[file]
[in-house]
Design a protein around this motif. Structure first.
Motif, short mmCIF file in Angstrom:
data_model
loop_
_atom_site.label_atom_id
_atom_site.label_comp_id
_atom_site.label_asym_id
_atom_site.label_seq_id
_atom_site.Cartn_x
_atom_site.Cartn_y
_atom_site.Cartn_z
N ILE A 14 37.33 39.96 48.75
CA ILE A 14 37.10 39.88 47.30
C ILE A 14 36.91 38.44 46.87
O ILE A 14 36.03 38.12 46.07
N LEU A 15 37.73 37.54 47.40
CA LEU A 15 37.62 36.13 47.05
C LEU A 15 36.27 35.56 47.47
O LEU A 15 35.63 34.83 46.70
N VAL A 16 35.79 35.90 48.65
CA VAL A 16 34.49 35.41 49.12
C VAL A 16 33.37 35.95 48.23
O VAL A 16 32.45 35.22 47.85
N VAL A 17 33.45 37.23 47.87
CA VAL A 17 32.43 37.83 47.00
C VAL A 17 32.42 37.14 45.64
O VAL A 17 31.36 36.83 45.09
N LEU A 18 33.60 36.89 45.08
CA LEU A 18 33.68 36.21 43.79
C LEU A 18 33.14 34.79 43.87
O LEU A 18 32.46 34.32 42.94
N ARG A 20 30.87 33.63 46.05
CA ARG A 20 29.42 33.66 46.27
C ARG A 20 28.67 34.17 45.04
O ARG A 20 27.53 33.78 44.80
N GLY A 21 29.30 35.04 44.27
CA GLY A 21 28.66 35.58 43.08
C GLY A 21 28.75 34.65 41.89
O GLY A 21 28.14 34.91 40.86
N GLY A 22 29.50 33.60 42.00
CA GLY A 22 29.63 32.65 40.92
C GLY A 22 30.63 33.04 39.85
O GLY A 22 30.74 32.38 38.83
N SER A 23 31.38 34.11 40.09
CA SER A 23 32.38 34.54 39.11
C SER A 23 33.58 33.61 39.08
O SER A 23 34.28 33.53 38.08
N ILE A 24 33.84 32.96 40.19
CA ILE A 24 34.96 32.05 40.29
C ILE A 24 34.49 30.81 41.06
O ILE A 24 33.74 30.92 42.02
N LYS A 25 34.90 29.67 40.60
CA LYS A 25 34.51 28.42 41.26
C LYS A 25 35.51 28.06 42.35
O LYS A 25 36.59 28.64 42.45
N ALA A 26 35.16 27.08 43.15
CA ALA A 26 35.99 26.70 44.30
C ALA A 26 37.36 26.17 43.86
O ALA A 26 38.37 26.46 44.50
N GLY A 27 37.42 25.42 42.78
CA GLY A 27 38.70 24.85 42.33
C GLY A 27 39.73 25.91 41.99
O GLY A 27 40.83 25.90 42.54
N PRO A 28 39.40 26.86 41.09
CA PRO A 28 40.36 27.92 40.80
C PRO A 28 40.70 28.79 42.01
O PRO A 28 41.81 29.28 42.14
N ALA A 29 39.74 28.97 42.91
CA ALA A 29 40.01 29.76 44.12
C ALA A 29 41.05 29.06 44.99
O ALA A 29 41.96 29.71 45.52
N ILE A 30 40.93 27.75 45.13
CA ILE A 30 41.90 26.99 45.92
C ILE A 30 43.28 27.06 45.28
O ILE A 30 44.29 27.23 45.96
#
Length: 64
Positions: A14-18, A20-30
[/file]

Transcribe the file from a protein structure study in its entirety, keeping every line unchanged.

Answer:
[in-house]
Design a protein around this motif. Structure first.
Motif, short mmCIF file in Angstrom:
data_model
loop_
_atom_site.label_atom_id
_atom_site.label_comp_id
_atom_site.label_asym_id
_atom_site.label_seq_id
_atom_site.Cartn_x
_atom_site.Cartn_y
_atom_site.Cartn_z
N ILE A 14 37.33 39.96 48.75
CA ILE A 14 37.10 39.88 47.30
C ILE A 14 36.91 38.44 46.87
O ILE A 14 36.03 38.12 46.07
N LEU A 15 37.73 37.54 47.40
CA LEU A 15 37.62 36.13 47.05
C LEU A 15 36.27 35.56 47.47
O LEU A 15 35.63 34.83 46.70
N VAL A 16 35.79 35.90 48.65
CA VAL A 16 34.49 35.41 49.12
C VAL A 16 33.37 35.95 48.23
O VAL A 16 32.45 35.22 47.85
N VAL A 17 33.45 37.23 47.87
CA VAL A 17 32.43 37.83 47.00
C VAL A 17 32.42 37.14 45.64
O VAL A 17 31.36 36.83 45.09
N LEU A 18 33.60 36.89 45.08
CA LEU A 18 33.68 36.21 43.79
C LEU A 18 33.14 34.79 43.87
O LEU A 18 32.46 34.32 42.94
N ARG A 20 30.87 33.63 46.05
CA ARG A 20 29.42 33.66 46.27
C ARG A 20 28.67 34.17 45.04
O ARG A 20 27.53 33.78 44.80
N GLY A 21 29.30 35.04 44.27
CA GLY A 21 28.66 35.58 43.08
C GLY A 21 28.75 34.65 41.89
O GLY A 21 28.14 34.91 40.86
N GLY A 22 29.50 33.60 42.00
CA GLY A 22 29.63 32.65 40.92
C GLY A 22 30.63 33.04 39.85
O GLY A 22 30.74 32.38 38.83
N SER A 23 31.38 34.11 40.09
CA SER A 23 32.38 34.54 39.11
C SER A 23 33.58 33.61 39.08
O SER A 23 34.28 33.53 38.08
N ILE A 24 33.84 32.96 40.19
CA ILE A 24 34.96 32.05 40.29
C ILE A 24 34.49 30.81 41.06
O ILE A 24 33.74 30.92 42.02
N LYS A 25 34.90 29.67 40.60
CA LYS A 25 34.51 28.42 41.26
C LYS A 25 35.51 28.06 42.35
O LYS A 25 36.59 28.64 42.45
N ALA A 26 35.16 27.08 43.15
CA ALA A 26 35.99 26.70 44.30
C ALA A 26 37.36 26.17 43.86
O ALA A 26 38.37 26.46 44.50
N GLY A 27 37.42 25.42 42.78
CA GLY A 27 38.70 24.85 42.33
C GLY A 27 39.73 25.91 41.99
O GLY A 27 40.83 25.90 42.54
N PRO A 28 39.40 26.86 41.09
CA PRO A 28 40.36 27.92 40.80
C PRO A 28 40.70 28.79 42.01
O PRO A 28 41.81 29.28 42.14
N ALA A 29 39.74 28.97 42.91
CA ALA A 29 40.01 29.76 44.12
C ALA A 29 41.05 29.06 44.99
O ALA A 29 41.96 29.71 45.52
N ILE A 30 40.93 27.75 45.13
CA ILE A 30 41.90 26.99 45.92
C ILE A 30 43.28 27.06 45.28
O ILE A 30 44.29 27.23 45.96
#
Length: 64
Positions: A14-18, A20-30